Human milk from the incubator

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Breastfeeding is beneficial for a newborn and is strongly advised to future moms. Still, for various reasons, breastfeeding is sometimes impossible, causing the baby to feed on infant formula. The composition of infant formula is not the same as original breast milk. One of the differences lies in the structure of certain oligosaccharides, which are difficult to produce, but have multiple benefits for babies. The new UGent spin-off Inbiose offers a solution to tackle this limitation.

Sugar is good for your baby!
Breast milk contains complex oligosaccharides that are unique to humans, known as human milk oligosaccharides (HMOs). They are a prebiotic “bifidus factor” that favors the growth of beneficial bacteria in the neonate’s intestines. They prevent the occupancy of the gastro-intestinal tract by pathogens, and decrease infections. In addition, HMOs modulate the immune response and lower the risk of necrotizing enterocolitis.  They also provide the infant with sialic acid, a nutrient that is correlated with superior brain development and cognition.

HMOs consist of a combination of the five monosaccharides, i.e. glucose, galactose, N-acetylglucosamine, fucose and sialic acid. Every combination contains lactose and forms complex oligosaccharides such as fucosyllactose or sialyllactose. The oligosaccharides that are present in the milk of farm animals are less abundant and structurally different. The concentration of oligosaccharides in the milk of cows, sheep, goats and pigs is 100–1000 fold lower compared to that of humans. There are no other natural sources of HMOs, so the current infant formulas do not provide these components. They are replaced with non-HMOs such as galactooligosaccharides and fructooligosaccharides.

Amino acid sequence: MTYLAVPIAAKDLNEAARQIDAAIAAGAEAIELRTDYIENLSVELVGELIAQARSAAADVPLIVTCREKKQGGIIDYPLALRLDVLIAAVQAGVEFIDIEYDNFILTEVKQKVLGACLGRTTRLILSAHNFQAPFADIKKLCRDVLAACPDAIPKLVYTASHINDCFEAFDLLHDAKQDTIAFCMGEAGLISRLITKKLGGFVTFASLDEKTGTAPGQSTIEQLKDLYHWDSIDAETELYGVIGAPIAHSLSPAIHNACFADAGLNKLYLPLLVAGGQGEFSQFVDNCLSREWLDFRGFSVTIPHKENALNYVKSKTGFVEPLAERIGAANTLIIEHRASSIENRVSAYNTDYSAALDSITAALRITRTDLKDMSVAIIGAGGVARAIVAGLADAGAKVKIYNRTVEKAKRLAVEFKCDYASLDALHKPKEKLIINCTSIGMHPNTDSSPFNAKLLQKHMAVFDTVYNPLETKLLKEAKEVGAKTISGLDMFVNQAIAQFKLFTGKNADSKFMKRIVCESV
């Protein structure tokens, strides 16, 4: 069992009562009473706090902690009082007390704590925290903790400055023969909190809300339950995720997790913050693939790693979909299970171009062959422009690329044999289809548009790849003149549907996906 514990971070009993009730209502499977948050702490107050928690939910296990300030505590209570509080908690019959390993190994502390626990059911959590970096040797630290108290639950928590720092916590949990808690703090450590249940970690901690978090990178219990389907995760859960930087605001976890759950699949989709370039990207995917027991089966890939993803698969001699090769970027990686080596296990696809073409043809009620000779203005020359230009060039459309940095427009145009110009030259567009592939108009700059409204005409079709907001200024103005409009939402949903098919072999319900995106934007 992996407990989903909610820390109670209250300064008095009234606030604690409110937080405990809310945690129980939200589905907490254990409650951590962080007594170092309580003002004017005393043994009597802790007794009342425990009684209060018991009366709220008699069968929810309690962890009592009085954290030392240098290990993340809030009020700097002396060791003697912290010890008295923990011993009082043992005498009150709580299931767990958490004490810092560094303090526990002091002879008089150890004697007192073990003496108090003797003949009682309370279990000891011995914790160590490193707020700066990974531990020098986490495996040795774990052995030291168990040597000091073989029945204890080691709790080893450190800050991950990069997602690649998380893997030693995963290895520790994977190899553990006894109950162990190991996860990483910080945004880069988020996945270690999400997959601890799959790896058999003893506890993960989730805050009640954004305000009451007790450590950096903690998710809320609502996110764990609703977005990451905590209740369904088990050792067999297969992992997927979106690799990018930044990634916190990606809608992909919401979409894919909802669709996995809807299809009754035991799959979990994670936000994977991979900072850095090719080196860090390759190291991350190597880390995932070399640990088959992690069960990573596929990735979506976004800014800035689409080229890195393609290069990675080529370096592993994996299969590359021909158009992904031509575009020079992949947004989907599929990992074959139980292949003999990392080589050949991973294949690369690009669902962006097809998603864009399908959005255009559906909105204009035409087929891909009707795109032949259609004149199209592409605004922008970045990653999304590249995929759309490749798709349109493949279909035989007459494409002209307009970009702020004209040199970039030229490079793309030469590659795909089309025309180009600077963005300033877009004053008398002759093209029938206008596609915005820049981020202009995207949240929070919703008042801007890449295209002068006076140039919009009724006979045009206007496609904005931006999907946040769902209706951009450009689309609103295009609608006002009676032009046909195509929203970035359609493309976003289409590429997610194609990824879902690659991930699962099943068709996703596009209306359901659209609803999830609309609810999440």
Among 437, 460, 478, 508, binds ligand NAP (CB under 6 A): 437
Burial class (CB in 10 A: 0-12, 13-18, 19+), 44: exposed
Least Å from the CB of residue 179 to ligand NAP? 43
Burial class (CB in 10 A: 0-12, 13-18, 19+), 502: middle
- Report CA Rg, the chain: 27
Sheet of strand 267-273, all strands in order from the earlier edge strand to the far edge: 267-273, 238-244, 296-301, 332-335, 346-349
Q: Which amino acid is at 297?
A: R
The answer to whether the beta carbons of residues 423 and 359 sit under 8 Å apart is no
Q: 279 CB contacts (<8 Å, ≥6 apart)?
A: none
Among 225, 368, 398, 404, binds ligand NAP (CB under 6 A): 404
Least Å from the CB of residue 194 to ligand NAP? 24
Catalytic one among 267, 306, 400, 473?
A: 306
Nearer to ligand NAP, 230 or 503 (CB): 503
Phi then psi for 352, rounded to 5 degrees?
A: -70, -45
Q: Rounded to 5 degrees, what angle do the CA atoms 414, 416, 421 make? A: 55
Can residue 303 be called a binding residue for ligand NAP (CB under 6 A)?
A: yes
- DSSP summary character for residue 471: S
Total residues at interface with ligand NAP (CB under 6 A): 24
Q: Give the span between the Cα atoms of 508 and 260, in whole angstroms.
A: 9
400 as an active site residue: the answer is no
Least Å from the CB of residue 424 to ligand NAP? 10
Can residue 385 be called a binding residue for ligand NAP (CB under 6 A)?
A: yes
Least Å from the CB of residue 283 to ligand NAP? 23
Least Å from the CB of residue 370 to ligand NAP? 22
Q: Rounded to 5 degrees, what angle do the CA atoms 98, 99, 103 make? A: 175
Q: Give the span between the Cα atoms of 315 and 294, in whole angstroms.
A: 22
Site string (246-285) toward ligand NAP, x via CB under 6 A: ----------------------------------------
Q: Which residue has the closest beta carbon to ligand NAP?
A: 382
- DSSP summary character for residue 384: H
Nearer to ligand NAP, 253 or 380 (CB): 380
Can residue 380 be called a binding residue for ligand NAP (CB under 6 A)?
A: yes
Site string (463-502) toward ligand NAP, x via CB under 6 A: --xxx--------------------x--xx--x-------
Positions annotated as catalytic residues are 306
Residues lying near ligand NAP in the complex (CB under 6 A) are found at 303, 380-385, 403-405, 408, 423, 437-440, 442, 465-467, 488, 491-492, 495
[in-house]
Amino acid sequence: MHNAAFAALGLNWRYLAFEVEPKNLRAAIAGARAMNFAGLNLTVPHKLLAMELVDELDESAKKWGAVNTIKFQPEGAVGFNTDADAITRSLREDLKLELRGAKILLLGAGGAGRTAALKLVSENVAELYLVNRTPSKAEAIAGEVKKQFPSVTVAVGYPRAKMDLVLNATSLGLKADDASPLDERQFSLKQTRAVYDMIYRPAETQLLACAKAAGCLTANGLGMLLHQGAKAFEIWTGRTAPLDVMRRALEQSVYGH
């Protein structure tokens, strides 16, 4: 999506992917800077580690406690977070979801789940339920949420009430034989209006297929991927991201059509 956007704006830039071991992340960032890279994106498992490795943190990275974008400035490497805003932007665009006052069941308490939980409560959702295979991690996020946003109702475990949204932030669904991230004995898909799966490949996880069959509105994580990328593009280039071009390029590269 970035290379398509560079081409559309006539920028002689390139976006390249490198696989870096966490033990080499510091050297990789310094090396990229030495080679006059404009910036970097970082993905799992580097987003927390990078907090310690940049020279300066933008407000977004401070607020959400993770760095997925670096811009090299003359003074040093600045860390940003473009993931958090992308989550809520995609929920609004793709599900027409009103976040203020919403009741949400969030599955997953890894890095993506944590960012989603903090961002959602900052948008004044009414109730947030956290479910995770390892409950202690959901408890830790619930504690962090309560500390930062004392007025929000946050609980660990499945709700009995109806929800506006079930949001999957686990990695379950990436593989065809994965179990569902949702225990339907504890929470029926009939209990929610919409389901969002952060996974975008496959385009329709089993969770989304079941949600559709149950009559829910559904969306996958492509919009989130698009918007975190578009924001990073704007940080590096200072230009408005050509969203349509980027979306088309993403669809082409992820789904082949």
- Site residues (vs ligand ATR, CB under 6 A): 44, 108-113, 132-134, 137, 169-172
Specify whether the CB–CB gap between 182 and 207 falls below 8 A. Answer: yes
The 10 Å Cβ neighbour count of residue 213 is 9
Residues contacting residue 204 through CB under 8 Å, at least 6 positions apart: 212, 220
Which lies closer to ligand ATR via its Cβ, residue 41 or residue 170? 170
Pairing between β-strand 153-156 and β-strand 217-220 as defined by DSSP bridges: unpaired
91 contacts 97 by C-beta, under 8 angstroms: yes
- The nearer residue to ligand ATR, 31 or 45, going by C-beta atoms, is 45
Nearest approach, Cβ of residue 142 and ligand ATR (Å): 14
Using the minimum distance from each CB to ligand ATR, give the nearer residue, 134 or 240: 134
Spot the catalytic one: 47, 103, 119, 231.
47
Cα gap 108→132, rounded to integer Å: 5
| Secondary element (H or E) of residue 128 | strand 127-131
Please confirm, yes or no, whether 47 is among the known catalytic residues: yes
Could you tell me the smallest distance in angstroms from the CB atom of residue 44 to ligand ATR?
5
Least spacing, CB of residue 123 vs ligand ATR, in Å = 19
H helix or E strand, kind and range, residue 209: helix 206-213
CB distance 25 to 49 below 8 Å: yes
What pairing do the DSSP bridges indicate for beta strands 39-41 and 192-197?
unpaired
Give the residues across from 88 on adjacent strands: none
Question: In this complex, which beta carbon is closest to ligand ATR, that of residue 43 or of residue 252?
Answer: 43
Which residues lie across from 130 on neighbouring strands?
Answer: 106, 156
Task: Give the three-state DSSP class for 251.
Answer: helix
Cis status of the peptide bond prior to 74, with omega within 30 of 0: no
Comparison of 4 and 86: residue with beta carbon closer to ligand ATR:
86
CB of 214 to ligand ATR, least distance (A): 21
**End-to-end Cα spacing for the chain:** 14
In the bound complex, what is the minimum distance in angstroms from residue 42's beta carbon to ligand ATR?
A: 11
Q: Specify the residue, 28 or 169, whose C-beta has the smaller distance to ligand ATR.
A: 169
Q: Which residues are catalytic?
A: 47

Inbiose, focusing on carbohydrate fermentation
Synthesis by chemical engineering of HMOs is very difficult, expensive, and does not result in enough available quantities for application in human nutraceuticals. Wim Soetaert, Prof. at Ghent University and CEO of Bio Base Europe saw an opportunity and launched Inbiose as a spin-off of Ghent University. Inbiose, located in the Zwijnaarde Science Park (Ghent), is specialized in the production of specialty carbohydrates based on fermentation. They develop tailor-made microbial strains that metabolize the desired saccharides. After proof of concept, fermentation is optimized and scaled up to produce tons of the product. Specialty carbohydrates for other uses such as, amongst others, biofertilisers, veterinary products, cosmetics and biomedical applications can also be produced, but currently production of HMOs are the most developed. This new technology can help to provide selected ingredients to infants that are naturally present in breast milk, in support of mothers who are unable to breastfeed.

Bode, Lars. “Human milk oligosaccharides: every baby needs a sugar mama.”Glycobiology 22.9 (2012): 1147-1162.

Image courtesy of David Castillo Dominici at